But also, and I admit initially this seems a trite comment, but I can't help but wonder how different this film would have been in smellovision. We get a visual realism, but not an olefactory one. Character after character comments on the stench, the cocktail of alcohol, vomit, urine, crap and perhaps the smell of death itself. I think most audiences would react differently to the various characters were that present. I'm not saying it would improve the film, just pointing out what a very different experience it would be.

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I just listened to the most recent episode of Philosophy Talk on NPR on Medical Consent. It reminded me of this film, which I saw in the past month or so. Lots of resonance with this film, and it really emphasized just how unethical the behavior of the medical staff is, especially at the first and third hospitals.

A few thoughts on earlier strands from this thread:

On 6/1/2014 at 5:10 PM, MattPage said:

The range of approaches from the medical staff is impressive in just how many different shades of grey they manage to cram into the one film.

This film felt like a series of riffs on the parable of the Good Samaritan, but emphasizing the gray area. What if the priest, Levite, or Samaritan had made sure the mugged man was alive, bandaged him, and helped him up, but then left him and said half-heartedly, “you’ll be fine”? Or what if they’d helped but then just said, “it’s your own fault for being in a position where you were mugged”? Or what if the innkeeper had said to the Samaritan, “Sorry, there is no room in the inn”! Or if the innkeeper had said, “That man clearly doesn’t want to stay at my inn. Now get lost, you stupid Samaritan”? Or if the innkeeper took him in but then let him die an undignified death anyway? It would be a much murkier parable.

On 1/6/2007 at 7:26 PM, Overstreet said:

And you're right, of course, about the allusions to Dante and to Lazarus. (But what about Remus? There must be something to that...)

Here's what I made of the allusion. Remus was the twin brother of Romulus, the founder of Rome and Roman culture. Romulus murdered Remus over a dispute on how the city should be founded. According to the myth, this act of violence was necessary for the foundation of Rome. Romania, as is obvious from its name, and like several other countries in Southern Europe, is the linguistic and cultural descendant of ancient Roman culture. I interpreted the allusion as meaning that modern Romania’s institutional foundation is built on the “murder” (via negligence, cynicism, etc.) of people like “Mr. Remus” Lazarescu, as portrayed in the film.

On 8/24/2006 at 9:24 AM, gigi said:

the so-called spoiler mentioned in an early post. Does he actually die? I thought not.

I think the real spoiler (though not really) is that he doesn't actually die in the film. Unless the cut to black at the end of the final scene signals the instant he dies? That's bleak.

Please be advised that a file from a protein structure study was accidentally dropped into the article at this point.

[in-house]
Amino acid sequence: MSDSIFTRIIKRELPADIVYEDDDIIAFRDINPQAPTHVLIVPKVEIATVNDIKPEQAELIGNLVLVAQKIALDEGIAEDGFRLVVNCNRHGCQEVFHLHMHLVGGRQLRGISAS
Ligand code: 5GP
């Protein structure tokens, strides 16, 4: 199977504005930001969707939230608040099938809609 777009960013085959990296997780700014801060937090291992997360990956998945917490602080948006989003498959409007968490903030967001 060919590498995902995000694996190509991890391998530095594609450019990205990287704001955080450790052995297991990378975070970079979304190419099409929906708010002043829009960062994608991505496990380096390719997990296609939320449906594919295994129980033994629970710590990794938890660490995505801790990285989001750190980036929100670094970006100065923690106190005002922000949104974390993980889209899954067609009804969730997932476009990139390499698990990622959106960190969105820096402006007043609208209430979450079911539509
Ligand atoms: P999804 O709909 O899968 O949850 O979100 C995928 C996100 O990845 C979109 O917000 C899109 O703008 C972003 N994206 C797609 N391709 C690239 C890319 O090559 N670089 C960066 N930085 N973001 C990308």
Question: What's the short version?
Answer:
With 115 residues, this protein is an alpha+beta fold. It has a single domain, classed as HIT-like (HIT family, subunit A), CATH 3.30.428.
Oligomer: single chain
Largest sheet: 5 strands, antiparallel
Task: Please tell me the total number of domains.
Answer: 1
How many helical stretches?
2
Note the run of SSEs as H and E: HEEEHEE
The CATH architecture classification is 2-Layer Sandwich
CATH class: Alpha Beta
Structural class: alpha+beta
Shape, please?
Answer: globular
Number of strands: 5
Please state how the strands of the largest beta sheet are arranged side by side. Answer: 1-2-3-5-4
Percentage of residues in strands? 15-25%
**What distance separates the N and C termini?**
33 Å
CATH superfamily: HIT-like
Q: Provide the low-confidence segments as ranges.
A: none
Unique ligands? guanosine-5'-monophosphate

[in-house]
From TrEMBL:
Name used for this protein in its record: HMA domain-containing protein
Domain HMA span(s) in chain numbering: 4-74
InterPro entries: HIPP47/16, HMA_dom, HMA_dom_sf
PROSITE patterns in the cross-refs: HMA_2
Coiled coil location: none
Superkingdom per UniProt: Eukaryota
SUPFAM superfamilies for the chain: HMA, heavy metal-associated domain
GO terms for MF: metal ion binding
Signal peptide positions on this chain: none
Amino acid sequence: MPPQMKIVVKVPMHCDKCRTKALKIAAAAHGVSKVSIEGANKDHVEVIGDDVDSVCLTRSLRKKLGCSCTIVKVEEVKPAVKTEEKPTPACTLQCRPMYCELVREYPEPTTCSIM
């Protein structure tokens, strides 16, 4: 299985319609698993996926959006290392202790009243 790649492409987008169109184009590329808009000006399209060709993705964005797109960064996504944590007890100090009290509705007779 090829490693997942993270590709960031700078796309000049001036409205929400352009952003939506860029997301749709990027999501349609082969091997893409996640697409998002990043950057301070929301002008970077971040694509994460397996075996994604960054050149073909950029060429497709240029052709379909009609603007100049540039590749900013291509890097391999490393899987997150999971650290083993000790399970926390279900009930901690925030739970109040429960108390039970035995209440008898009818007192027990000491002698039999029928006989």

I must admit that the shaky camera really was difficult for me, especially over an almost 2.5 hour film. It was making me nauseous! which I get is fitting for the film’s content. Still, although admiring a film’s formal elements and liking the film are often related, I found them divergent on this one.

On 5/18/2010 at 4:31 PM, Persona said:

The hospital system is simply being shown for what it is -- a post-communist hospital. This is why I don't find an ounce of it comedic -- because it's really the way things work once the system is gone and people haven't learned how to make simple right choices for themselves and the good of others.

Such an insightful comment!

I thought this film really paled in comparison to Cristian Mungiu’s 4 Months, 3 Weeks, 2 Days and Beyond the Hills, both as films and even as social commentary along these lines. That latter film especially also deals with individuals blinded by established institutions (church, state, medical) with tragic consequences.

As a depiction of the failure of a heath care system, this works for me, but it doesn’t really translate into the American context where health care is so monetized and politicized. I’ve seen several documentaries and exposés about the evils of the US medical/pharmaceutical/insurance industrial complex, but no narrative film that really does the problem justice. What is the American equivalent of this film?

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This is currently streaming on Netflix in the UK (and possibly in the US as well?). I had to stretch it out over two nights, which somehow felt appropriate for this film. It's a bit of a slog, and intentionally so, in order to keep us in that same space with Lazarus Dante Remus, a name as saturated with symbolic allusion as Mr Lazarescu is with health problems. In our current pandemic crisis, where so many hospitals are overwhelmed with death, this might not have been the right time to watch the apparent failure of a socialized medical system. Interestingly, Netflix UK describes the film as this: "Amid a pandemic, an ailing man waits for his illness to overtake him as doctors try to pinpoint a diagnosis." I'm not sure that description fits the film at all.

On 5/13/2017 at 10:17 PM, Rob Z said:

What is the American equivalent of this film?

Probably John Q.